April 17-18 / 48 Hours Artists and Back Roads

48 Hours with Artists and Maine Back Roads

April 17-18, 2021

One of my favorite road trips has always been to head “Down East,” leaving the major highways north of Portland and taking the roads less traveled. The coast of Maine measures 228 miles, but the actual coastal coastline measures 3,478, when you take-into-account the craggy peninsulas, coves and islands. The trip I took last week only took a nibble out of this serpentine trail and included the towns of Bath, Woolwich, Lincolnville and Phippsburg with some favorite stops along the way.

Studio Visit with Siri Beckman

My first stop was in Bath to visit printmaker Siri Beckman, an artist I regret not having exhibited in the past. Originally from the Chicago area, she moved to Stonington, Maine in 1975 and to Bath in 2017.

Although she had a background and work experience in graphic design, it was not until she moved to Maine that she began thinking about becoming an artist. Teaching herself the art of wood engraving, she craved out a studio in her self-built home in the woods. Her small, black-and-white wood engravings capture the beauty and spirit of Stonington, depicting the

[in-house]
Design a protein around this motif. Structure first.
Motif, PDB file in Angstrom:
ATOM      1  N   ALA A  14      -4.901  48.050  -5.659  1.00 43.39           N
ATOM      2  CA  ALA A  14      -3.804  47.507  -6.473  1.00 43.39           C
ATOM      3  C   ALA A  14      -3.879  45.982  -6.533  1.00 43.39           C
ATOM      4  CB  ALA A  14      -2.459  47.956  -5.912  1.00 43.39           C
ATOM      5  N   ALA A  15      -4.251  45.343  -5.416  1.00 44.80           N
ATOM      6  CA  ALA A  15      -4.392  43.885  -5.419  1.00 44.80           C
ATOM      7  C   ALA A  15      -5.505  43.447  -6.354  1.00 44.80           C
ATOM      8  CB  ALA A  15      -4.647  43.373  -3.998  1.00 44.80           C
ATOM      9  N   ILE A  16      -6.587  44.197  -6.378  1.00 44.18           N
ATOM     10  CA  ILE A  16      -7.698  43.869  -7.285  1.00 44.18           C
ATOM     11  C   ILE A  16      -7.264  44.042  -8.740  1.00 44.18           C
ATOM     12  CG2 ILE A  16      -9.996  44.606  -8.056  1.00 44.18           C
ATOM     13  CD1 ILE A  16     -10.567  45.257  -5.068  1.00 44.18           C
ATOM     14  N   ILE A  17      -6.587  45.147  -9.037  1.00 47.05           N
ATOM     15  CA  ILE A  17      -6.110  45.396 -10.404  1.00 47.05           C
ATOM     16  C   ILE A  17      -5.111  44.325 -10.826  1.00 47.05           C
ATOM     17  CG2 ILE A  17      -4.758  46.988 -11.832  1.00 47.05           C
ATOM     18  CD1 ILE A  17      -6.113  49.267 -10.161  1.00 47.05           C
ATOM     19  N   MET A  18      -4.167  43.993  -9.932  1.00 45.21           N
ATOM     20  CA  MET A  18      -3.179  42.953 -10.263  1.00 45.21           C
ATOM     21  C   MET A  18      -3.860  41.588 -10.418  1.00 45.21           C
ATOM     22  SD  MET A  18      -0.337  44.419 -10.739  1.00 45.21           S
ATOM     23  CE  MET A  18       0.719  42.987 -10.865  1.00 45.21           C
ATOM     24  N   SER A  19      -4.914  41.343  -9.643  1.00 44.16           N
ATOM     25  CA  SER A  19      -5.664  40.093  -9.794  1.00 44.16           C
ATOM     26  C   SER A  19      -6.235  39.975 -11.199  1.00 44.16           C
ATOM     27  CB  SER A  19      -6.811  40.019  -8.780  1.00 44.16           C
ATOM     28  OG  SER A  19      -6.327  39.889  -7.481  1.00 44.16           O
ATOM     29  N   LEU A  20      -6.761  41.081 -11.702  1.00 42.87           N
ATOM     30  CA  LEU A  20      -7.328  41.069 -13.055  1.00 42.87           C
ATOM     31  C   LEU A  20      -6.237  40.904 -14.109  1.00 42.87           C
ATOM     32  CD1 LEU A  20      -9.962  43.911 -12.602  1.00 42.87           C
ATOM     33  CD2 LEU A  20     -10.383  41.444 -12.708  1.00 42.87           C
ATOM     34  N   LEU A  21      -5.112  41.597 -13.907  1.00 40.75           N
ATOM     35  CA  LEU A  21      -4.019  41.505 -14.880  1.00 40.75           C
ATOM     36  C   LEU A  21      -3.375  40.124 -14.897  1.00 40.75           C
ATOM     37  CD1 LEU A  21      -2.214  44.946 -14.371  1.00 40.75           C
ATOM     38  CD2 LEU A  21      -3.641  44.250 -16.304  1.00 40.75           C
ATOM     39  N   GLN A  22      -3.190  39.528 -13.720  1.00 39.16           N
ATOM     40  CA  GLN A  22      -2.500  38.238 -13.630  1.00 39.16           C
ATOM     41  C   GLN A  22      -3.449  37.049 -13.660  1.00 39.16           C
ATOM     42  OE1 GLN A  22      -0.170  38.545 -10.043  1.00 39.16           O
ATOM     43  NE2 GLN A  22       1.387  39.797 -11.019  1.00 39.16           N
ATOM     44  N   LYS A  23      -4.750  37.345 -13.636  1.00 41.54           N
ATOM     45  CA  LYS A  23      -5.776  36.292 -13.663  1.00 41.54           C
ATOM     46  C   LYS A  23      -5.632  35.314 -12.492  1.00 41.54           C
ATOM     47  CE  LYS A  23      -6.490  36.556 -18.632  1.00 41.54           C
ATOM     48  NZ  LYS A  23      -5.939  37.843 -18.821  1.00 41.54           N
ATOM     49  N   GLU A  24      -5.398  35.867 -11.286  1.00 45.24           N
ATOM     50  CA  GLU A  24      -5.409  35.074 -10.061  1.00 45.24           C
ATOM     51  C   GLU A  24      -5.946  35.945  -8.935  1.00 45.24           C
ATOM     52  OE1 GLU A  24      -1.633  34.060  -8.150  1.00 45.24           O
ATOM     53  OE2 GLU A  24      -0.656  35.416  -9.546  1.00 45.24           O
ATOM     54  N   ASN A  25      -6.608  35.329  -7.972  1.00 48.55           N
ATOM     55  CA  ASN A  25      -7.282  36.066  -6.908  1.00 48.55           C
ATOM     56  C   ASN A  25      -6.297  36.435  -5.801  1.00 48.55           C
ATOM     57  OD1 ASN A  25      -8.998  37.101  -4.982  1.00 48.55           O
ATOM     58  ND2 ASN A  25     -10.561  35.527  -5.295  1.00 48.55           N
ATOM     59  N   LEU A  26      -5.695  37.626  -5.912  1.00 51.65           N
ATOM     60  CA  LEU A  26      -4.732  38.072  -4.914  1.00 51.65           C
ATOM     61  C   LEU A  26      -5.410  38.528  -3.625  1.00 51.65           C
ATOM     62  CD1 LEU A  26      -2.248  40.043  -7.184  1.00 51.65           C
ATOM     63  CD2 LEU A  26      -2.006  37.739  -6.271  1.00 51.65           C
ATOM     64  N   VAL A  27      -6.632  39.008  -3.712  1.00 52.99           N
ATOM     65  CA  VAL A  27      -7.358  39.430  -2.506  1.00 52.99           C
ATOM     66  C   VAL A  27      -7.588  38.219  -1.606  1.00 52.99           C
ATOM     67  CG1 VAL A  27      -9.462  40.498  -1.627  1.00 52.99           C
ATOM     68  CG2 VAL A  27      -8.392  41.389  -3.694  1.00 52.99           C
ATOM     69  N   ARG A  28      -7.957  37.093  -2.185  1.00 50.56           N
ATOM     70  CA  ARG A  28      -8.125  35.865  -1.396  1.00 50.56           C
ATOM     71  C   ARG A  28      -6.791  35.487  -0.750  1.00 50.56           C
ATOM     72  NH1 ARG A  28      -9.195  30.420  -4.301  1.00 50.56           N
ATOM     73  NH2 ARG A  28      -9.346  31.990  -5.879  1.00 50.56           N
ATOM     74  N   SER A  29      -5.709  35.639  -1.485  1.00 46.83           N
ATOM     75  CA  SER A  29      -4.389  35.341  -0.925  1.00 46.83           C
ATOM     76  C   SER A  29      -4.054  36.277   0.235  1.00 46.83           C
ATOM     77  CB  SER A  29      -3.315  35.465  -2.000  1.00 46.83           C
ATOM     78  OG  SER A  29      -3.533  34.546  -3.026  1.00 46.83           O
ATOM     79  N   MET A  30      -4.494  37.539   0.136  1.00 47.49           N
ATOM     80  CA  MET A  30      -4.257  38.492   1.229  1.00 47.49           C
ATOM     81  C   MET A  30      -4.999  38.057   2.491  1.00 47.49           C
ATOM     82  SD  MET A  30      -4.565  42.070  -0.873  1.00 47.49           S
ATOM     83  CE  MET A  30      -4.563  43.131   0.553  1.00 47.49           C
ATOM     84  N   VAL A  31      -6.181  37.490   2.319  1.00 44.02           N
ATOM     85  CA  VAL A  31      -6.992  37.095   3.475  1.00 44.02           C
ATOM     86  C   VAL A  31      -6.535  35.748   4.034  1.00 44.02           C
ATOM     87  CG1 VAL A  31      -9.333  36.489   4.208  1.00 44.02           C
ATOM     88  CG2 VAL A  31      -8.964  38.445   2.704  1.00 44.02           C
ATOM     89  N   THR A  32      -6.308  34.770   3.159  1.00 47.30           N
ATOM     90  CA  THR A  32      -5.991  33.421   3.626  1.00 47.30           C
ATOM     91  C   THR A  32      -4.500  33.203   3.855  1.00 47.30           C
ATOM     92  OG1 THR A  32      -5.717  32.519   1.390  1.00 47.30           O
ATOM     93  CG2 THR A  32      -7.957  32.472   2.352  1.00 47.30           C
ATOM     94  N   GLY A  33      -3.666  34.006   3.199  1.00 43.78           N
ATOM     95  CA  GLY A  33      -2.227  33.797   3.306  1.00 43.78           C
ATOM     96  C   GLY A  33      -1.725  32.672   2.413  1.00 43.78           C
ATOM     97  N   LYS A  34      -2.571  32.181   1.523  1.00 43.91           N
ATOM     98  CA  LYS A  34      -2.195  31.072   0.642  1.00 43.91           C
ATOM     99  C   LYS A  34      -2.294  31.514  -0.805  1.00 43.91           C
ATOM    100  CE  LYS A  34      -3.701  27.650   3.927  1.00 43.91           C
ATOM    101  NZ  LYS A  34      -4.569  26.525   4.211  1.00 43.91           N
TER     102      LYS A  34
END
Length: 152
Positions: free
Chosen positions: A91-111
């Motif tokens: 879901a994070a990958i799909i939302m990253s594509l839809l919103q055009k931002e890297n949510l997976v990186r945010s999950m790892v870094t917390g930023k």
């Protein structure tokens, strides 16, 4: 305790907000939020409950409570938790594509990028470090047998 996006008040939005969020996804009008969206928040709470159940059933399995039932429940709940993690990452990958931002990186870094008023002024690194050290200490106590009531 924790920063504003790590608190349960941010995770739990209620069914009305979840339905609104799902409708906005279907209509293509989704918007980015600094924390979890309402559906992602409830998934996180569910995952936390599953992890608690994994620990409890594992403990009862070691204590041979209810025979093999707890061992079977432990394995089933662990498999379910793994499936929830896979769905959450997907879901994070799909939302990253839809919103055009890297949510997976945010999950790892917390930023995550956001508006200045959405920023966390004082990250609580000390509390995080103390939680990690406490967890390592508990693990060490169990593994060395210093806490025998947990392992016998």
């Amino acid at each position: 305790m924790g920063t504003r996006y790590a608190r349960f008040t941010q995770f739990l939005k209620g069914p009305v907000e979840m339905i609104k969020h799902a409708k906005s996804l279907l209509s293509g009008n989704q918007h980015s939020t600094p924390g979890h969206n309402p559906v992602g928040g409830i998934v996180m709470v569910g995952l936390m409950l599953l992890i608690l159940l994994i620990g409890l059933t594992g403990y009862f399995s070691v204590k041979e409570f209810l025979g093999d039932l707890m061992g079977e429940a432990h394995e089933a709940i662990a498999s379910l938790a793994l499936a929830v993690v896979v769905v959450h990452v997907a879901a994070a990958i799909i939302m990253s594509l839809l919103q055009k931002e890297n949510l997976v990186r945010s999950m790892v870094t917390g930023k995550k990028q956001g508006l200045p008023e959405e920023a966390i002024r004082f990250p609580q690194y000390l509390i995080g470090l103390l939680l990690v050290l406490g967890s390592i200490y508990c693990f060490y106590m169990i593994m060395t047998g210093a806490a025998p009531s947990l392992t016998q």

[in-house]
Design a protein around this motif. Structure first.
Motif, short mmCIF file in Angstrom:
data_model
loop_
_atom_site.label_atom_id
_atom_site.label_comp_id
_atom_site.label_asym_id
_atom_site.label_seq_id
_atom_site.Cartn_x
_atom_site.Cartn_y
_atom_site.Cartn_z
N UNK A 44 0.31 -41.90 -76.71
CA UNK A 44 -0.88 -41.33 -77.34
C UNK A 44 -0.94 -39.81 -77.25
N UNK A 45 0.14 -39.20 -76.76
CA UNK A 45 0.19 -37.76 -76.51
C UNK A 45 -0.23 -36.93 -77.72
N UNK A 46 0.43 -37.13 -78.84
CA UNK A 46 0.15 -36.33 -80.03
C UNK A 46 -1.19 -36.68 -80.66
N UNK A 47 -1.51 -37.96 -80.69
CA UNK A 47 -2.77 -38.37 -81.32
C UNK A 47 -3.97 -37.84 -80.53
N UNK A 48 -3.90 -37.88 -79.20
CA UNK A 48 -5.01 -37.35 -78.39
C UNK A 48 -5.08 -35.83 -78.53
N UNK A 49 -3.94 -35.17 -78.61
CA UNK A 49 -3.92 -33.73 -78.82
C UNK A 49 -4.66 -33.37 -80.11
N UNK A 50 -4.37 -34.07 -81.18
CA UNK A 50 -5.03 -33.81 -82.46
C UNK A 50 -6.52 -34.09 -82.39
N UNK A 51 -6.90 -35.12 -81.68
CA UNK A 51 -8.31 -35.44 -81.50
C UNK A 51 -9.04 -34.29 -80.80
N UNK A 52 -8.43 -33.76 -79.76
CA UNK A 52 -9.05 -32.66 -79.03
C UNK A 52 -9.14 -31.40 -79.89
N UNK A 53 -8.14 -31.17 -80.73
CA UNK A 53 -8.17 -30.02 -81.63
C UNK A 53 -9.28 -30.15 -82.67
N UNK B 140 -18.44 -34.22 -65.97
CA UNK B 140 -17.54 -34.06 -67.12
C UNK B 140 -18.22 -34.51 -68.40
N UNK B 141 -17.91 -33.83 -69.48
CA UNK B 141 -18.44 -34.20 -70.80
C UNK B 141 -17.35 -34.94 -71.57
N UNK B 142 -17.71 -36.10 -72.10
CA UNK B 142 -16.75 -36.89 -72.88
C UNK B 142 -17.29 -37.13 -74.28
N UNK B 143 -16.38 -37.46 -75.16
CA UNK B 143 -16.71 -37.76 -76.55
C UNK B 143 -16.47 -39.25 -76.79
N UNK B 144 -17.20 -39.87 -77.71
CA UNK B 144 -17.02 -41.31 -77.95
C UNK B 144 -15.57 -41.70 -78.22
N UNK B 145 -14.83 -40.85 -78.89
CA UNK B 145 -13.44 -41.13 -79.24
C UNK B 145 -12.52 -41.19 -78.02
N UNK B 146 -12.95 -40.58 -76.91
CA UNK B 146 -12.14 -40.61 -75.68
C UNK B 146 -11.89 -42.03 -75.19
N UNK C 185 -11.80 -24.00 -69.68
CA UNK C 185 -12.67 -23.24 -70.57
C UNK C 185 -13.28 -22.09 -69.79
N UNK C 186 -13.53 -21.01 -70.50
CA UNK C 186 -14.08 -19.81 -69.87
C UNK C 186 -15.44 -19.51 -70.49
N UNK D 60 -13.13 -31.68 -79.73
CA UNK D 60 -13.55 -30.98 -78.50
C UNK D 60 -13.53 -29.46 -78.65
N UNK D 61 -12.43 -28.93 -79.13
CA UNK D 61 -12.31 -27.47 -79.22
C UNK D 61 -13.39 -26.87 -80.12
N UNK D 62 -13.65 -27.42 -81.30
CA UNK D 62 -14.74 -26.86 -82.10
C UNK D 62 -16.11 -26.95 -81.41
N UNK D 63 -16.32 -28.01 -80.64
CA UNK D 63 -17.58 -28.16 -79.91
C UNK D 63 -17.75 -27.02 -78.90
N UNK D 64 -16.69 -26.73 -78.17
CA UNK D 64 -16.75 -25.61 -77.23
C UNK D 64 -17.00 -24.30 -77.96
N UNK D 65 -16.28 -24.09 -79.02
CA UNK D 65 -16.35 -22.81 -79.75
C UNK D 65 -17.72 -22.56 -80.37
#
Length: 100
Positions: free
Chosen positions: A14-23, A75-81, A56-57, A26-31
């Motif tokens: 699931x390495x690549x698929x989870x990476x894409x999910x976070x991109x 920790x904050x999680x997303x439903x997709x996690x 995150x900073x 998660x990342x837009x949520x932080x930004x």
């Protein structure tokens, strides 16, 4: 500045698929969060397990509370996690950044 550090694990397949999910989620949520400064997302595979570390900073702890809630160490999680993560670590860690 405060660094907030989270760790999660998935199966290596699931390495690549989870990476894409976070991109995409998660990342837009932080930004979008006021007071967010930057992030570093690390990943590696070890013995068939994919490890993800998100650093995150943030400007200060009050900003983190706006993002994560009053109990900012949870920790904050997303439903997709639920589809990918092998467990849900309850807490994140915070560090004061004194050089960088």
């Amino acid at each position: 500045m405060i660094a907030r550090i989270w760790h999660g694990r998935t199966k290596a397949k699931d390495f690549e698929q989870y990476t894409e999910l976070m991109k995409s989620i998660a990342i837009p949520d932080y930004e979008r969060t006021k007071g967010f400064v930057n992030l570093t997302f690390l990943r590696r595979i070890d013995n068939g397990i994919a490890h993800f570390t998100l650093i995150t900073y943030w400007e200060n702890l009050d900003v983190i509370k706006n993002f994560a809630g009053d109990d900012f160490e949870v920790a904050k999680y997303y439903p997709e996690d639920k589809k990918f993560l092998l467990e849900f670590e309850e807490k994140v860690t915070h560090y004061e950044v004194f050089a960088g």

landscape, the fishing community and activities on Penobscot Bay. The high contrast and detail of these small prints draw you in and then captivate you by the stories they tell. These qualities led to book illustrating projects like A Week at the Lake, published by Down East Books. For many years she illustrated articles for The Island Journal.

In 1990 she received her MFA degree in print making and book arts from the University of the Arts in Philadelphia, which led to teaching and artists’ residencies in six National Parks, including Maine’s own Acadia. View more of her work at The Page Gallery in Camden and The Green Lion Gallery on-line, and the Courhouse Gallery in Ellsworth.

Beckman Prints: Machias Cod / Pileated Woodpecker / Hearts, Button and Fish / Crossing the Field